“In the last analysis, the foundation on which all government rests is the possession of arms and the ability to use them,” he wrote.

By early 1913, O’Rahilly, Eamonn Ceannt, Cathal Brugha and others in Sinn Féin were carrying out organised arms training in Dublin. In July, on the proposal of Bulmer Hobson, IRB members were drilling in 41 Parnell Square under instruction from officers of Fianna Éireann, the republican boy scouts.

While the exact sequence of events is disputed (some claim Hobson later exaggerated his own role), it is agreed that the impetus for the public call for the formation of the Irish Volunteers came when Professor Eoin Mac Néill of University College Dublin, a prominent Conradh na Gaeilge member and nationalist, was approached to write an article on Ulster for the Conradh newspaper An Claidheamh Soluis.

The paper’s manager was O’Rahilly and it was he who asked Mac Néill to write the article, The North Began (1 November 1913). It excoriated the Tory/unionist rebellion and said “it appears that the British Army cannot now be used to prevent the enrolment, drilling and reviewing of Volunteers in Ireland”.

Coming from Mac Néill, a supporter of Redmond, this call appealed to nationalists beyond the separatists of the IRB, just as the IRB wished it to do. The following week, O’Rahilly published an article from Mac Piarais who wrote: “Ireland unarmed will attain just as much freedom as it is convenient for England to give her; Ireland armed will attain ultimately just as much freedom as she wants.”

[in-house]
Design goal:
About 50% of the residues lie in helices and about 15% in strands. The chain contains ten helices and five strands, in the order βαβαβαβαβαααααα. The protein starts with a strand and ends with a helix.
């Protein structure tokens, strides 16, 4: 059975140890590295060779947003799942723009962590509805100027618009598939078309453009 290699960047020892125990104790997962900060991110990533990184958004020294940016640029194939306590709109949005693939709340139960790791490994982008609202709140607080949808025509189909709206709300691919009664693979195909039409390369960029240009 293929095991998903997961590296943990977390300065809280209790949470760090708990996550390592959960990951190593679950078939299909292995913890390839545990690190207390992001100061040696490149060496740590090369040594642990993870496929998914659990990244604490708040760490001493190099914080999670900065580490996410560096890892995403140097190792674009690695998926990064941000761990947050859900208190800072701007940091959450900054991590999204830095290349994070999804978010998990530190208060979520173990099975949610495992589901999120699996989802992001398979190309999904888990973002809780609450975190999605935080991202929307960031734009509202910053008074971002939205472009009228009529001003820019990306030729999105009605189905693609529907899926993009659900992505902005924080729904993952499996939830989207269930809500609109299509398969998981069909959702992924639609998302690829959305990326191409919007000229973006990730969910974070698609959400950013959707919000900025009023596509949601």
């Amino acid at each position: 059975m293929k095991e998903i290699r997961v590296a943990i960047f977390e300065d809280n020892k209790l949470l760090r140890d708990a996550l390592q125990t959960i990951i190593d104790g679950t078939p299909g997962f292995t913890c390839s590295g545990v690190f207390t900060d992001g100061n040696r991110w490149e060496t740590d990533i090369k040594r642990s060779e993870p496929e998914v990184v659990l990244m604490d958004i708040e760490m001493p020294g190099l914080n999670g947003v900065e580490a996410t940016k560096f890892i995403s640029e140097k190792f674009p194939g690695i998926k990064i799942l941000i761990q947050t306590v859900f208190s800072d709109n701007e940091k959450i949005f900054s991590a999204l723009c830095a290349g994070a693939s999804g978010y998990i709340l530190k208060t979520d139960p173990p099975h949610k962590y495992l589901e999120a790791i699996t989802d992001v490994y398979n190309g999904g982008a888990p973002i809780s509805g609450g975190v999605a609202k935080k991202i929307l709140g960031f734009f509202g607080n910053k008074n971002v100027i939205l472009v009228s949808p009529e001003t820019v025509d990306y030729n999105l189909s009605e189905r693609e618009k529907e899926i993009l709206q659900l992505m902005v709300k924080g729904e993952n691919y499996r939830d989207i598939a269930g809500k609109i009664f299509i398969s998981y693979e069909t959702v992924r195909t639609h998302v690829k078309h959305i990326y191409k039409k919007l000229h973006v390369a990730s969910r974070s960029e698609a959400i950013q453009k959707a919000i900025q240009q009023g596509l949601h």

Two days after that article appeared, O’Rahilly sent out invitations to a meeting in Wynn’s Hotel, Abbey Street, on 11 November. Among those attending were Mac Néill, Mac Piarais, O’Rahilly, Mac Diarmada, Éamonn Ceannt and Piaras Beaslaí. 

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On 25 November, a public meeting for the formation of Irish Volunteers was held in the Rotunda. The Lord Mayor of Dublin, Lorcan Sherlock, had refused the use of the Mansion House. The meeting was held in the Rotunda Rink, a building which held 4,000 people; there was an overflow crowd of 3,000 outside. The call for Volunteers had succeeded beyond all the expectations of the organisers. The manifesto adopted on the night began by stating that the Tory/unionist alliance planned to “make the display of military force and the menace of armed violence the determining factor in the future relations between this country and Great Britain”.

This was no empty accusation. Just three weeks earlier, the UVF had held an armed training camp of over 5,000 men at Baronscourt, County Tyrone, estate of the Duke of Abercorn. Leading English Tories such as F. E. Smith continued to stir up sectarianism and resistance to Home Rule. A week before the Rotunda meeting, he said in Manchester:

“You can put the whole of the Unionist Party in prison if you dare. We will see what happens if this quarrel is to be fought out on that level.”

Despite this, the Irish Volunteers made clear that they wanted no confrontation with the UVF. Their demand was for Irish liberty and it was directed at the British Government. A key passage in their Manifesto read:

“The object proposed for the Irish Volunteers is to secure and maintain the rights and liberties common to all the people of Ireland. Their duties will be defensive and protective, and they will not contemplate either aggression or domination.”

The Irish Volunteers were founded in November 1913, a century ago this month.

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Crowds jostle for a view of Volunteers on parade in Cork City


An Phoblacht
44 Parnell Sq.
Dublin 1